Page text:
Disability Policy Collaboration staff participated in a meeting of disability advocates with the leadership of the Department of Justice’s Civil Rights Division.  Assistant Attorney General Tom Perez and his senior staff led a lengthy discussion of key issues being worked on by the Civil Rights Division. The DOJ officials reaped high praise from the disability community in relationship to their work on ADA and Olmstead implementation and enforcement. The participants also discussed other issues related to disability rights.

ADD Summit in Florida

Disability Policy Collaboration staff participated in a two day Administration on Developmental Disabilities (ADD) Regional Summit held in Orlando. One of five planned regional summits, these meetings are intended to solicit stakeholder views on future priority directions for the ADD. ADD Commissioner Sharon Lewis led the Summit. There will be two more summits in this series –  Detroit (December 2) and Denver (December 6). For more information, see

IDEA’s 35th Anniversary Celebration

On Thursday, the U.S. Department of Education will host a celebration of the 35th Anniversary of the enactment of P.L.94-142, the Education for All Handicapped Children Act, now known as the Individuals with Disabilities Education Act (IDEA). DPC staff will be among the celebrants. Following that event, a Hill reception will be held where disability advocates who have played major roles in national special education public policy will be honored. The DPC’s Paul Marchand will be among the honorees.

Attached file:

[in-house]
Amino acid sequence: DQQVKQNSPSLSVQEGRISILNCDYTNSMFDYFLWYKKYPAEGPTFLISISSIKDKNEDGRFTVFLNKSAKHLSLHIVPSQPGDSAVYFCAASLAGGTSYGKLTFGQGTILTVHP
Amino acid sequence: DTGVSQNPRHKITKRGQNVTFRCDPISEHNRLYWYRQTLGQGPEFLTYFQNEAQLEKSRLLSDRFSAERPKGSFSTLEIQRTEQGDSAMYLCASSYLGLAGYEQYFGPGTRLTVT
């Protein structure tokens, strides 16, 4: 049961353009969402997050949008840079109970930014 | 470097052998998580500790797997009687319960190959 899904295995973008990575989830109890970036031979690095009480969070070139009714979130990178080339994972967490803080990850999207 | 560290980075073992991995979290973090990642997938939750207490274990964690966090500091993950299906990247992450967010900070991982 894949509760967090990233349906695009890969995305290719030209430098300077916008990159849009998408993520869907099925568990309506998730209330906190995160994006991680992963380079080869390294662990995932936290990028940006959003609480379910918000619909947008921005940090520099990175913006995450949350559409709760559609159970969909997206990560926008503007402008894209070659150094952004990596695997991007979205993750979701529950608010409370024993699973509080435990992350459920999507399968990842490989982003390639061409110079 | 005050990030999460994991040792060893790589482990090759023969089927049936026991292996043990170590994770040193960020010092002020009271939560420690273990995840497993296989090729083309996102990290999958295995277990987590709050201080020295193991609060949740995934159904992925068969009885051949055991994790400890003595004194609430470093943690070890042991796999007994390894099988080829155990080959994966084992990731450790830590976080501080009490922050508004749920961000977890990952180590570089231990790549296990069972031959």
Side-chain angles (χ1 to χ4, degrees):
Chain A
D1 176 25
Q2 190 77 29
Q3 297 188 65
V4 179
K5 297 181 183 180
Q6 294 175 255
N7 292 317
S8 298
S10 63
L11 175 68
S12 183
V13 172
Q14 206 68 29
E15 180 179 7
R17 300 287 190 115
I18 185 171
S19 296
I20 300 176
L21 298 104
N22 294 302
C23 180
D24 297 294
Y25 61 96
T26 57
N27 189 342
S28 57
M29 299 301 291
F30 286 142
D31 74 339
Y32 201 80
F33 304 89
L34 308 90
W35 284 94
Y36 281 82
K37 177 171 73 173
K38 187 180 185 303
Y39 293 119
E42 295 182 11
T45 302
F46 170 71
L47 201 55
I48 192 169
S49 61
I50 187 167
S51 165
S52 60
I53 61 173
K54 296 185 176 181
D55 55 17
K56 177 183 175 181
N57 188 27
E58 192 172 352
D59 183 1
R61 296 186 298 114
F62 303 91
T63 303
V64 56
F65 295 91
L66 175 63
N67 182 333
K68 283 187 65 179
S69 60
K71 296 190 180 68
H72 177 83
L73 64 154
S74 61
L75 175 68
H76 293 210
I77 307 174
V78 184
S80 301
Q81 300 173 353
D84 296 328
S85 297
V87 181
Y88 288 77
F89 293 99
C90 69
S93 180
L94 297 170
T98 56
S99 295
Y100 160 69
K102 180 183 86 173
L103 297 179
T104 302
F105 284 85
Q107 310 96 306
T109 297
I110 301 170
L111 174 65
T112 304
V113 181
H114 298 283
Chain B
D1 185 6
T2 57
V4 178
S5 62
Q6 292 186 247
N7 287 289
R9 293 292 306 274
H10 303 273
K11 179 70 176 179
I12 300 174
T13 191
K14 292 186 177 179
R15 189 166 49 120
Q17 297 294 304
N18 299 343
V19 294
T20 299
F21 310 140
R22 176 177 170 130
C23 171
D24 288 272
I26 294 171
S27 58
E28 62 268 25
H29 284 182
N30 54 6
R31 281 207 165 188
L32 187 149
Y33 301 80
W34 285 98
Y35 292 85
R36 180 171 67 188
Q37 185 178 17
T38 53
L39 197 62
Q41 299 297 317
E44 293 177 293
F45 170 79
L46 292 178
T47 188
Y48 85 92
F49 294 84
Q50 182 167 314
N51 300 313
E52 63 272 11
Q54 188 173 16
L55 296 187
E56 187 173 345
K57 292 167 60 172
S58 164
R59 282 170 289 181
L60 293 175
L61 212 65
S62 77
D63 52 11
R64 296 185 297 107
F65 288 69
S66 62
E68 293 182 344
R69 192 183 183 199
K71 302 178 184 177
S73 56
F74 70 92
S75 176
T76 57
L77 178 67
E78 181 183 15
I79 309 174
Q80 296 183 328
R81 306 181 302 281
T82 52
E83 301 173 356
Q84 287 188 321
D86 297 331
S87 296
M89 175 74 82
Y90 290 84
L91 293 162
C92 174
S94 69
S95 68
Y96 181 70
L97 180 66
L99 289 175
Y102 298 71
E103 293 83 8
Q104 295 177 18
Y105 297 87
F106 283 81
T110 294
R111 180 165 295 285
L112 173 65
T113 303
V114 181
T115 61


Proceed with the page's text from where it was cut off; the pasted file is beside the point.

National Council on Disability Forum

The DPC’s Paul Marchand and Marty Ford participated in the invitation-only National Council on Disability’s Earning Forum in Detroit. This regional policy forum focused on employment and financial security for people with disabilities and built upon discussions begun at NCD’s Living, Learning, & Earning Summit in July which launched a national dialogue on disability policy in the wake of the 20th anniversary of the Americans with Disabilities Act. Participants discussed current challenges and opportunities to employment, the impact of health care reform, private employer perspectives, asset development and economic security, and a federal focus on employment. One half-day was devoted to employment issues specific to people with intellectual and other developmental disabilities. Additional regional forums are expected to focus on the living and learning aspects of the summit. See the agenda at